THE iPOD DILEMMA
I’m back from vacation! One city my travels took me to was Austin, Texas and I had the opportunity to visit my friend, Cheryl Hardy, the potter of Sibbotery. This time I was treated to a tour of her rented studio inside ClayWays Studio and Gallery. Clayways is owned and operated by Kit Adams who is delightful and both respected and appreciated by the artists under her roof. During my stay I was invited to attend a social gathering of the associates of ClayWays and I made a few new friends, who sent me off with handmade gifts. Dave the Cowboy presented me with the “world’s largest trivet” – his description. Dave has a fun sense of humor. Susan gave me a primitive-styled bird and shared with me some of her vintage crochet patterns. Deborah offered her hospitality and the use of her sewing machine and presented me with a mug and tray.
During Cheryl’s tour, she showed me how she works at the wheel; it was all very interesting. In a conversation with Cheryl, she mentioned a minor problem she had with her iPod. I found myself put to work, voluntarily, in short order in an attempt to help Cheryl solve a problem. However, instead of me telling the story, I’ve invited Cheryl to tell the story:
Cheryl Hardy: When I work at the potter’s wheel, I find inspiration and focus if I have music playing. Due to the fact that it is a collaborative/learning studio, the space is always filled with artists who are working at the wheel or at tables, glazing and creating and chatting all the while. To be considerate of others, I play my music in my ears while working in my studio – which makes my iPod a pretty important part of my ensemble.
I practice wheel thrown pottery making. That means I spend hours sitting behind a potter’s wheel, leaned over my work. The apron I wear is a pretty basic pattern that Goose Mother can tell you more about. It’s a very simple pattern with two front pockets. I like everything about it, the length is short enough that my legs are free to open and close as I lean in and out over my work and the fit of the apron is still flattering and not frumpy on my “Rubenesque” frame.
I do have one thing I do not like about it; there’s no safe place to keep my iPod and no way to manage the cord that dangles! Normally, I slip my iPod in a front pocket, put my ear buds in and get to work. During the course of my day, as I lean in and out, the cord comes dangerously close to my work, and the spinning wheel head. In fact, I’ve had a few times when the cord touched the wet clay, stuck and wound quickly around my work – ruining my work, snatching my ear buds out of my ears and pulling my iPod into the clay muck at the bottom of my wheel.
As I talked jokingly about my iPod problem, I saw Goose Mother’s eyes light up with an idea. We talked about why the front pockets didn’t work; the pockets are below the waist and sit too low. As I work, the cord slips out, getting longer and longer and longer until it catches on wet clay. What I needed was a high pocket out of the way of the wheel entirely. The pocket needed to be somewhere I could keep the iPod close to my body and the cord out of the way.
Goose Mother devised a clever pocket that was sized for my device; enough room to hold the device and the extra cord from my ear buds, to keep it from dangling. She mentioned an inside pocket and putting a flap over the pocket, with buttons to seal the flap down, preventing the device or the cord from spilling out as I lean out and over my pottery wheel. I was sold!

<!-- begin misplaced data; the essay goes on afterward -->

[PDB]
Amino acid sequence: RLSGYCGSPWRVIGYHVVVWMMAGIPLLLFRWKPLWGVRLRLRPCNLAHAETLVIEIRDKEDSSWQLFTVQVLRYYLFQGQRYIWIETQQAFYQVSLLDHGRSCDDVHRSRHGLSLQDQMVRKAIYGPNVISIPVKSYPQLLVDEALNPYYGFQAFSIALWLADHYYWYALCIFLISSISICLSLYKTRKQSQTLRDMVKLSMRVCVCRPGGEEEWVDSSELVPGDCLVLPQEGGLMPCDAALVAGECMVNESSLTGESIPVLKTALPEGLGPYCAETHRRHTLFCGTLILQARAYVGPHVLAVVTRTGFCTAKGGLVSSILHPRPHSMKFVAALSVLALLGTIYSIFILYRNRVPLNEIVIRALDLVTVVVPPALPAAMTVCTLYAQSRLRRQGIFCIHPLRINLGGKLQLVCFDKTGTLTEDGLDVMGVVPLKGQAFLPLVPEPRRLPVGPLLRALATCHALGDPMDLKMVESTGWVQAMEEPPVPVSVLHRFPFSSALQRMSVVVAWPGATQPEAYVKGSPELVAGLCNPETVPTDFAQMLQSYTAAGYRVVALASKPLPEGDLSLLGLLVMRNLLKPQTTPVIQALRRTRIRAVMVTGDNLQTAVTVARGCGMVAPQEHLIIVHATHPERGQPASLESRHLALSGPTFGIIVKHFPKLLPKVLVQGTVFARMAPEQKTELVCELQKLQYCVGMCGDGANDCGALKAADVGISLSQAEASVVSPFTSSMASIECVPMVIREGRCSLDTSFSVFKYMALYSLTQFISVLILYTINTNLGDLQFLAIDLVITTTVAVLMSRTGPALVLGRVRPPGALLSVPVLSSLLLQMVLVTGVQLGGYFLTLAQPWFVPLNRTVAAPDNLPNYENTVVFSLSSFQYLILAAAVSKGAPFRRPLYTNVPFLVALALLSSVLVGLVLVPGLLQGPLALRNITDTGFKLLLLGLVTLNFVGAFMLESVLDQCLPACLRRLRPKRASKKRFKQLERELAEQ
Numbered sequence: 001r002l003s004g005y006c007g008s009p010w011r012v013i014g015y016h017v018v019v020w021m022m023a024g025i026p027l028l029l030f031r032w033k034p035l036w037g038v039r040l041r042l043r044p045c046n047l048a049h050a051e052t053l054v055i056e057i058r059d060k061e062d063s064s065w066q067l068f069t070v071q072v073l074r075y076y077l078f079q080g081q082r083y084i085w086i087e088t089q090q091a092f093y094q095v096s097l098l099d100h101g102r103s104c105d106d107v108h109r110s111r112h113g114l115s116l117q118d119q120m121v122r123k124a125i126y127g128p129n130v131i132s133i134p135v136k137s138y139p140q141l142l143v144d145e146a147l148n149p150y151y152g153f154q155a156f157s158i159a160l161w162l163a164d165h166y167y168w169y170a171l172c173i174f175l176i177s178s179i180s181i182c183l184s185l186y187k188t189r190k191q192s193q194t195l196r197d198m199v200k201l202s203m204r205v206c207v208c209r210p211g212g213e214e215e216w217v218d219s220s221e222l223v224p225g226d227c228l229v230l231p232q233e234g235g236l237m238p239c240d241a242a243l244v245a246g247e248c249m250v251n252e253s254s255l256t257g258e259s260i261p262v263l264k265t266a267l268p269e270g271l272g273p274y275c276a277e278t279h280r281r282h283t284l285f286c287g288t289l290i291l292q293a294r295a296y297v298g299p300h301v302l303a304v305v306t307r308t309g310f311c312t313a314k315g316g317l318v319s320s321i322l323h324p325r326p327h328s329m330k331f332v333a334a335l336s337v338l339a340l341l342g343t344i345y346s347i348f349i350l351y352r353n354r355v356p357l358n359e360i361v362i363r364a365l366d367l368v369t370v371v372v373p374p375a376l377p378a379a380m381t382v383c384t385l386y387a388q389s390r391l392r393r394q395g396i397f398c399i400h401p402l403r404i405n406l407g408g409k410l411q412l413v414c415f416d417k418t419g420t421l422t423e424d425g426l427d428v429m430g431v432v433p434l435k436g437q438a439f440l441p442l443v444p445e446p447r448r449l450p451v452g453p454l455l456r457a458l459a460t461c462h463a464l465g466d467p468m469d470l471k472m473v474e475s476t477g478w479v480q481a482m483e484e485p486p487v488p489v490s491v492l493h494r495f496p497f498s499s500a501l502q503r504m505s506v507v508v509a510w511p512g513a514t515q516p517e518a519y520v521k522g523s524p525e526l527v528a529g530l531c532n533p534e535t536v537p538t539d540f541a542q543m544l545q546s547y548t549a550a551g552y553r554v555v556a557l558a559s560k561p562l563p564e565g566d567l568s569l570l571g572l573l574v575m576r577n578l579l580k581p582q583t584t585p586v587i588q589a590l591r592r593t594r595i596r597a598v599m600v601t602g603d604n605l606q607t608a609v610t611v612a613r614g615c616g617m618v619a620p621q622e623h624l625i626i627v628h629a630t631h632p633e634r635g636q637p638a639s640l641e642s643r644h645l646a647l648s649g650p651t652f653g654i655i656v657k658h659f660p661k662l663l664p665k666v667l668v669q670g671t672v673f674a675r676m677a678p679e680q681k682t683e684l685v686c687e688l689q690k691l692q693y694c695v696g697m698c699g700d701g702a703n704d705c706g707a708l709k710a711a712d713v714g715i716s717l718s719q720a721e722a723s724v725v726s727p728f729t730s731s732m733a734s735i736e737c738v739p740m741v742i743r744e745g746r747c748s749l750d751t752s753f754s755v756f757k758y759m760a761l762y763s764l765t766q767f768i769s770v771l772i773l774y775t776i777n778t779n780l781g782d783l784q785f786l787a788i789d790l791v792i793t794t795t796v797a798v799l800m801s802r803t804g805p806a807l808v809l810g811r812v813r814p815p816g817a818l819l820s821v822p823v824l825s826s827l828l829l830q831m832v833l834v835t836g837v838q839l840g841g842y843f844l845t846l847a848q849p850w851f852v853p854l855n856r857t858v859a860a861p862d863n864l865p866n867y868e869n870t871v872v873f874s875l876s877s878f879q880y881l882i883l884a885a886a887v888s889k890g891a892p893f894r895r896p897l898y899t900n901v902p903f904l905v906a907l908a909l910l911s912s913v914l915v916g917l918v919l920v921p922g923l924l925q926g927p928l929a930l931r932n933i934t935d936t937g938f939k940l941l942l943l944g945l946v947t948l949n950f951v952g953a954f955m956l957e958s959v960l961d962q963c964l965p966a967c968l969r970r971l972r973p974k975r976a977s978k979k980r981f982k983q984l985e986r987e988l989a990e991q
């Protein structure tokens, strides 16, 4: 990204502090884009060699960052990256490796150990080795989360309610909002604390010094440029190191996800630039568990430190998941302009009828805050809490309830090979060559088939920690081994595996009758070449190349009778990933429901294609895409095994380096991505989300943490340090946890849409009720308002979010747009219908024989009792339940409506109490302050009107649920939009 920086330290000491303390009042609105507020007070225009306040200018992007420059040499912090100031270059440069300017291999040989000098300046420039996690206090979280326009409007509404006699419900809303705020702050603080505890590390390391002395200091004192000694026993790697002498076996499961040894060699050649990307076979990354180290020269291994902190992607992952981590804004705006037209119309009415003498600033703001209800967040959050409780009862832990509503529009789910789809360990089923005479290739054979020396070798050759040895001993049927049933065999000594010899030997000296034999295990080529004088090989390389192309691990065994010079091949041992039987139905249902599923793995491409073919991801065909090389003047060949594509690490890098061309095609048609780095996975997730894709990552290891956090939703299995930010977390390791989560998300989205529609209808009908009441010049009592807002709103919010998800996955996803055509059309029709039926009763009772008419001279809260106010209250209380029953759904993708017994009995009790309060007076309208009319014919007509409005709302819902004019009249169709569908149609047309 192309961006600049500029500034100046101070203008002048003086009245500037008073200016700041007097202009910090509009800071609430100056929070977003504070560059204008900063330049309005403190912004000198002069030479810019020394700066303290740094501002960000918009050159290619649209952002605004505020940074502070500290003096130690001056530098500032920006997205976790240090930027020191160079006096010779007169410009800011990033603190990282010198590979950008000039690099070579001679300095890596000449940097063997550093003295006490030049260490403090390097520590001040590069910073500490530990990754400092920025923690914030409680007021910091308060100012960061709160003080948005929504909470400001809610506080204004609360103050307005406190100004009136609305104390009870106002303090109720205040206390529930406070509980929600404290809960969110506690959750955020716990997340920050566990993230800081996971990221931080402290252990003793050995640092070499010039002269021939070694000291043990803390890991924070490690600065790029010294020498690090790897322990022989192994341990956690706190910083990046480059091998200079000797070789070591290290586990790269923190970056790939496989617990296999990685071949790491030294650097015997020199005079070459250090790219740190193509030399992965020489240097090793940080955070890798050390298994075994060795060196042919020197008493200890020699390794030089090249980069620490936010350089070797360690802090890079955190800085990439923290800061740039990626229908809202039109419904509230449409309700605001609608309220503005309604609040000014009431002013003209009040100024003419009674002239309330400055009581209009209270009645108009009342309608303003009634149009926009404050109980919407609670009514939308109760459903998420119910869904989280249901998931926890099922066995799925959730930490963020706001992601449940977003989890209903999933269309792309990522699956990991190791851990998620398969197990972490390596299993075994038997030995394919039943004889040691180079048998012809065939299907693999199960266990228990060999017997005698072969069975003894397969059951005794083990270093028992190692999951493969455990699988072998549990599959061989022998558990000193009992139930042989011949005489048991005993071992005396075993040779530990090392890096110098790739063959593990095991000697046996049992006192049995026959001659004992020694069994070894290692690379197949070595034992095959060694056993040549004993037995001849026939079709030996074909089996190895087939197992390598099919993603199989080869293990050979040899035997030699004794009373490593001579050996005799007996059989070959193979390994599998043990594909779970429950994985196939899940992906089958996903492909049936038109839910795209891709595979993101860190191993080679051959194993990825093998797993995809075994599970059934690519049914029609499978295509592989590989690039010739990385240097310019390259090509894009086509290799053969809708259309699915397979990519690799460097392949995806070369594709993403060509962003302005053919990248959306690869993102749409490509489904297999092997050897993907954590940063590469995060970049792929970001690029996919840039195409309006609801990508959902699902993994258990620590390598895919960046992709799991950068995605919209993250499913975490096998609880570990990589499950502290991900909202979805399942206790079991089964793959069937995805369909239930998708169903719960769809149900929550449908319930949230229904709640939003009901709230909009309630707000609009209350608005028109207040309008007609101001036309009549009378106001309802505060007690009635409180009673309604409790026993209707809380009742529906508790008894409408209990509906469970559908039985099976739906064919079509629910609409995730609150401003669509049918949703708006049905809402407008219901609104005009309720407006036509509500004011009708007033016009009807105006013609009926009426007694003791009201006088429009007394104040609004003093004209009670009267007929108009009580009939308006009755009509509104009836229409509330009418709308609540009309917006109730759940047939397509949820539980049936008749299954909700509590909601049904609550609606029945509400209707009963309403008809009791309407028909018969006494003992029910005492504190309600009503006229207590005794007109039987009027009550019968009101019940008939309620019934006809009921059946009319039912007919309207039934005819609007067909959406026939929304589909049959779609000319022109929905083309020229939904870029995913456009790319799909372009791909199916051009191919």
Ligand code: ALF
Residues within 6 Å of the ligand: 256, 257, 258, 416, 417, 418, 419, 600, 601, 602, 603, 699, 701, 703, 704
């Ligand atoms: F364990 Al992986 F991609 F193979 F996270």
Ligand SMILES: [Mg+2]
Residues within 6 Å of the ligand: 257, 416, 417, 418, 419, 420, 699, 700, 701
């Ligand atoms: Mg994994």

We picked out some great fabrics. She gave me some great tips on spotting a good deal. She showed me also how to “create” a pattern when you have to work from a finished piece. I’m not a seamstress, so I watched – but I let Goose Mother do the work. She even put an inside pocket on the original apron for me!
So now I have not just one simple apron that I love, but several. Take a look.
Goose Mother: As you can see, Cheryl’s problem was easily solved. When I was offered the use of Deborah’s sewing machine, I decided I would make a “test” apron. I built a pocket then attached it to the wrong side, upper portion of the apron. Placement of the pocket was a concern also. On subsequent aprons, I played around with the pocket, eventually eliminating the flap and sewing on snaps to secure the iPod.
On a return visit to ClayWays, I was surprised when Kit complimented me on the aprons and offered me a box of material she found stashed away somewhere. I secretly think Kit was much relieved as she would no longer harbor the fear of finding one of her artists strangled by an iPod cord.
I made two aprons for Deborah as a thank you for the loan of her sewing machine and an apron for Susan who shared her vintage crochet patterns with me. While Cheryl and I shopped for fabric, I found a remnant that had a Peter Max style about it. However, there was barely enough for an apron, so I found another remnant which I used as trim and for the ties. That apron had a somewhat vintage look to it and I gave that one to Susan. I became known at ClayWays as “the apron lady.”
As you can see, these were very simple aprons. I merely took the apron Cheryl liked best, traced it (for size), did a few measurements (pocket and ties) and made the pattern. However, when I cut the traced apron body in half, Cheryl looked rather concerned. I explained that I would be cutting the apron and pocket on the fabric fold which would result in a full size. When you don’t sew, it seems far more complicated than it actually is.
So, now that I’m back from vacation, I’m busy playing catch up, which makes me wonder why we take vacations to begin with cuz all of the stuff that piles up so that you’re obliged to go into double time to handle the back log, and thus the glow of the vacation quickly fades. Hmmmm.
Time for a cuppa and a visit to Sibbotery.